"Shit, I was brooding, wasn't I? Sorry 'bout that, Wil. Feel free to slap me if it happens again." He shook his head with a wry smile.
Ignoring the tone, William stepped closer and looked into his face intently. "Is there anything I can do?" he asked quietly.
Alexander's eye widened slightly, and for a second looked suspiciously bright. For a long moment he said nothing, and William could read the struggle in the narrowing of his deep brown eye and the twitch of muscles around his lips. "I don't..." He stopped, closed his eye, and seemed to come to a decision. "Your mom's nice."
William simply nodded. "Yes, she is. I'm very lucky to have her."
A pained smile flitted across the other man's face, but when he raised his eyes William almost gasped to see the hopelessness reflected there. "She loves you. Don't... just... promise me you won't forget to tell her. You never know when something might happen."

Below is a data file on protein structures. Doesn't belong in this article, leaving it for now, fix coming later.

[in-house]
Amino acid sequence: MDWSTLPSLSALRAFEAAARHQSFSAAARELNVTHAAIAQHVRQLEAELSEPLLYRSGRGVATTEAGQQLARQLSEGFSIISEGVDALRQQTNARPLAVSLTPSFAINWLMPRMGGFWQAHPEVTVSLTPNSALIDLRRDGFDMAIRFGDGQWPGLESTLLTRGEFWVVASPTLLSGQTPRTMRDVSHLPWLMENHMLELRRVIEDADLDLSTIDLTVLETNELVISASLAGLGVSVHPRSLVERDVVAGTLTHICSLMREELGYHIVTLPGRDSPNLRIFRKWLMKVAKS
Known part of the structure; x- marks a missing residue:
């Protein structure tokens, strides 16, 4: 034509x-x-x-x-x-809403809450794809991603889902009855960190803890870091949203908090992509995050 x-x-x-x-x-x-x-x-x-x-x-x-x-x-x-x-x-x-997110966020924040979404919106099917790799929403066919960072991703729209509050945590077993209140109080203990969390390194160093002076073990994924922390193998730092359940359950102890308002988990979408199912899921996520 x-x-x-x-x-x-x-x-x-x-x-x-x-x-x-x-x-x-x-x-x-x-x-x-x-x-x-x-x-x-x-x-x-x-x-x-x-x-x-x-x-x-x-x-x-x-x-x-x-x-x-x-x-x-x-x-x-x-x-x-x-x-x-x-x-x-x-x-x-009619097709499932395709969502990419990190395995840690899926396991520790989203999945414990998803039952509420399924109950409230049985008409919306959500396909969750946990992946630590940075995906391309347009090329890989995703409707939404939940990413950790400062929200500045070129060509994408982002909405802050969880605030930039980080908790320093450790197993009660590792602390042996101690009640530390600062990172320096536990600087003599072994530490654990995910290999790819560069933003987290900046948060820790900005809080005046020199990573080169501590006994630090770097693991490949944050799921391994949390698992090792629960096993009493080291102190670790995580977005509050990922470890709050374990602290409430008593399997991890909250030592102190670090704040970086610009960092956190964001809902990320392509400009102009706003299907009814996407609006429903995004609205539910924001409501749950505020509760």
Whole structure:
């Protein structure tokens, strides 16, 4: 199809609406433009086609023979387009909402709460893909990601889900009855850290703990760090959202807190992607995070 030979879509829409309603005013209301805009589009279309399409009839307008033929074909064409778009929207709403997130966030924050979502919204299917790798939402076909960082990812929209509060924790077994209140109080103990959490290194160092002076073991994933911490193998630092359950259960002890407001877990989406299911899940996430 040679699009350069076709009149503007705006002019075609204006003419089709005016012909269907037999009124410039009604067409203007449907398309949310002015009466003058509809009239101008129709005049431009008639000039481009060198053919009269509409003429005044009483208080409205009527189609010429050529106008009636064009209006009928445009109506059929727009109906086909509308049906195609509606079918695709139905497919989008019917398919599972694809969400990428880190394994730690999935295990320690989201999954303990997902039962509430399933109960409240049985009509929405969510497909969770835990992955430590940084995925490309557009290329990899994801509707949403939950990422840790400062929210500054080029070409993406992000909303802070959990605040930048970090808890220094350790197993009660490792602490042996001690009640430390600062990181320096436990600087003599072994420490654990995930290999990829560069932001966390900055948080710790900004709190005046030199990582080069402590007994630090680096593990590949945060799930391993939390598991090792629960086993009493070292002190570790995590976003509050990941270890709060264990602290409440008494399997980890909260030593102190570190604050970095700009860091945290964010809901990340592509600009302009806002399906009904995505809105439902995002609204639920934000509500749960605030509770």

William had to force his hand to remain by his side with an act of will he had not been aware he possessed. The urge to smooth away the pain in that face was almost unbearable. In his mind he could feel the rough slide of skin against skin as he reached to smooth lines from a face that was far too young to carry them. His hand was halfway to Alexander's body before he caught himself.
So instead he attempted to convey with his eyes the sympathy in his heart. "She knows, just as I do. Not everything has to be said out loud for it to be understood. We are all we have, now. But if it means so much to you, I promise I will not forget." Taking a deep breath, he rushed on before he could convince himself to simply leave well enough alone. "Do you... I mean... can you tell me what happened? To you?" When the young man didn't say anything for a moment, William cursed himself for a fool. Of course Alexander would not wish to talk about his past with a man he had only just met. And now he would be thought a prying, inconsiderate meddler. The colour once again flaring in his cheeks, he glanced down, even as he prepared to step back. "I'm sorry. Of course it's none of my affair. Please, forget-"